Practical implications

Important implications for the design of optimal CEO’s compensation packages emanate from this study. Findings provide useful tools for board of directors to design CEO’s pay packages that take into account the different risk behavior of male and female CEOs with the aim of enhancing firm performance.

Originality/value

This paper provides new evidence within the area of stock option-based compensation by focusing on the distinction between systematic and idiosyncratic risk when the effect of CEO stock option is analyzed and performance implications of awarding options to male and female CEOs.

Objetivo

El objetivo de este trabajo es proporcionar una extensión del modelo comportamental de agencia o Behavioral Agency Model (BAM) centrada en el papel moderador del género del CEO en la relación entre la retribución basada en opciones o stock options y los niveles de riesgo –sistemático e idiosincrático– y en las consecuencias –positivas o negativas– sobre el resultado de la empresa.

Diseño/metodología/aproximación

Los datos sobre stock options de CEOs se recopilan de la base de datos Standard and Poor’s ExecuComp. Este estudio utiliza un análisis de datos de panel para muestras emparejadas de empresas incluidas en S&P 1500 durante el período 2006-2013.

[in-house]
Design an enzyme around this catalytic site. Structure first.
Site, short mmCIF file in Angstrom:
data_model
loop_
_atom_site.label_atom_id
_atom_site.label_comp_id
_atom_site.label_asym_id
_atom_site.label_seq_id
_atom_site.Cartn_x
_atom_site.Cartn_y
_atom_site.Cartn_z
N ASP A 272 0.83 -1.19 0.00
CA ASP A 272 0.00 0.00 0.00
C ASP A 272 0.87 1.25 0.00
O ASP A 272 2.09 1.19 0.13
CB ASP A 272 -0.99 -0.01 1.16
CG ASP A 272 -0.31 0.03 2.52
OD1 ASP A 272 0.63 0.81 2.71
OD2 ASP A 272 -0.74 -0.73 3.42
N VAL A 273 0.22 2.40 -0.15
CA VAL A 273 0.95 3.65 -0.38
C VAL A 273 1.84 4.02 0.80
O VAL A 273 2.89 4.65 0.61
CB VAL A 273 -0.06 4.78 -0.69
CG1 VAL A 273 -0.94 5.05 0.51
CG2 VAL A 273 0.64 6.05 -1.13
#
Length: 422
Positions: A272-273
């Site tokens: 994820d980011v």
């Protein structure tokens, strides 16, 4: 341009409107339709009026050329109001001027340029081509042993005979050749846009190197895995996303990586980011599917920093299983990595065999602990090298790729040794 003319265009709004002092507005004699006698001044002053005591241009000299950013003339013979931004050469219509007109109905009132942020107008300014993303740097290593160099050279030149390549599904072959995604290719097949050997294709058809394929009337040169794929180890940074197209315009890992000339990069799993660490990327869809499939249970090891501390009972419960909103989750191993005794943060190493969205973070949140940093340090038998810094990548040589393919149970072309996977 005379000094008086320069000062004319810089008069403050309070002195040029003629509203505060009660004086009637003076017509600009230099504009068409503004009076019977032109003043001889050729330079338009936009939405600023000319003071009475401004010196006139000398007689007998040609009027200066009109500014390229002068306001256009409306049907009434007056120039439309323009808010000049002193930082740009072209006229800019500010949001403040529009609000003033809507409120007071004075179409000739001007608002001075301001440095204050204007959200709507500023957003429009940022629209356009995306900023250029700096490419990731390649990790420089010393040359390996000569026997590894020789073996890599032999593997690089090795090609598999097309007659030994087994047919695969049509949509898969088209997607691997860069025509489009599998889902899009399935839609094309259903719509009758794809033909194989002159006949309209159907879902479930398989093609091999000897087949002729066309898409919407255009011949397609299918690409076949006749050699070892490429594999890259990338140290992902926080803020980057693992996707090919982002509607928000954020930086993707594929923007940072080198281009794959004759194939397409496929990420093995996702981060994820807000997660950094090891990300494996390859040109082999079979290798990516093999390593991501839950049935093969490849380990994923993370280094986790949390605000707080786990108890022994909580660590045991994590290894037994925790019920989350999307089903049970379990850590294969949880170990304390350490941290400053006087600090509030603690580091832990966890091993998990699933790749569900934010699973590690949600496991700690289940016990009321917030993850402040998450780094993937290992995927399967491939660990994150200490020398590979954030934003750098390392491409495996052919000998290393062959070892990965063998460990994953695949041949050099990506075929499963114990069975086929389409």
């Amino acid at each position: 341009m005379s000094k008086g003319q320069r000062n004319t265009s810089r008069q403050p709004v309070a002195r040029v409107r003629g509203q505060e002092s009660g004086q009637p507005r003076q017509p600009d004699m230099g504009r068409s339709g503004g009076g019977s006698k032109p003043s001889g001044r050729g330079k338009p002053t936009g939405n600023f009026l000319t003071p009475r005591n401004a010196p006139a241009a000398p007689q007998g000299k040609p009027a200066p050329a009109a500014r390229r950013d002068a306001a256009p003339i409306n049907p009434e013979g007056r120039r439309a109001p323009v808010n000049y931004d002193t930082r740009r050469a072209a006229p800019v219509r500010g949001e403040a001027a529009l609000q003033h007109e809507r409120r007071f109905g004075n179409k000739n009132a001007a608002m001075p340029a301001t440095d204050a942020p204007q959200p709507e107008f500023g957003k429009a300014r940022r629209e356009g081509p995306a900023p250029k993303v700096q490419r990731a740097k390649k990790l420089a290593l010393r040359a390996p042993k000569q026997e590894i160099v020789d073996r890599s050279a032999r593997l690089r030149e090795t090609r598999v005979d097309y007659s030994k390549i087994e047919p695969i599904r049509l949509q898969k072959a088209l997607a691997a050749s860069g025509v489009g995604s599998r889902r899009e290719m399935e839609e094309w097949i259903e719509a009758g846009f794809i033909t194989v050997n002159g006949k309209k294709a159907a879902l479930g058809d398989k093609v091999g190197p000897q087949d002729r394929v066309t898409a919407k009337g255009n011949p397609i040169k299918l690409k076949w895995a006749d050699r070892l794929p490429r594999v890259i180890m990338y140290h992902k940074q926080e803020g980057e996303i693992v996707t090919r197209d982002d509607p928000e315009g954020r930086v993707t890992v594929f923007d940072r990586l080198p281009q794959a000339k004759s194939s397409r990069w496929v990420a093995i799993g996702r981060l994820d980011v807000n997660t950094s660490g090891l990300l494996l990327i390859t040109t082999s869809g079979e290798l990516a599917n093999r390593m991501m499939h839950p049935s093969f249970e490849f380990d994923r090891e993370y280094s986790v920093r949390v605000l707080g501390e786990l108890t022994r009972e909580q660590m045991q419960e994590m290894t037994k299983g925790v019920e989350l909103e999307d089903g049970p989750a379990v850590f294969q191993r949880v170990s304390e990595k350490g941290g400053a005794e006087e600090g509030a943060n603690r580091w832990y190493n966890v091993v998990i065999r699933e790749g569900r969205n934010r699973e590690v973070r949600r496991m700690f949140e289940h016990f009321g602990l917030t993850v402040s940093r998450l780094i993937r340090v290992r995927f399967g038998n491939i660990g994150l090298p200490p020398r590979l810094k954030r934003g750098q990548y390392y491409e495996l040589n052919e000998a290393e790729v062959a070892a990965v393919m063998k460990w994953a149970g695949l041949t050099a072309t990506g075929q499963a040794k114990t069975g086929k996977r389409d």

Resultados

Los resultados indican una postura más conservadora de las mujeres CEO en términos de niveles de riesgo idiosincrático en comparación con la llevada a cabo por los CEOs hombres cuando se les retribuye con stock options. Los resultados también confirman que las mujeres CEO en contextos de riesgo sistemático bajo, aunque más conservadoras, asumen riesgos “de mayor calidad” que producen mejores resultados a largo plazo en comparación con sus homólogos masculinos.

Implicaciones prácticas

Importantes implicaciones para el diseño de paquetes de retribución óptimos para el CEO emanan de este estudio. Los resultados mostrados proporcionan herramientas útiles para el Consejo de Administración a la hora de diseñar paquetes de retribución para CEOs. Se deben tener en cuenta los diferentes comportamientos relacionados con la asunción de riesgos de CEOs hombres y mujeres con el objetivo de mejorar el resultado de la empresa.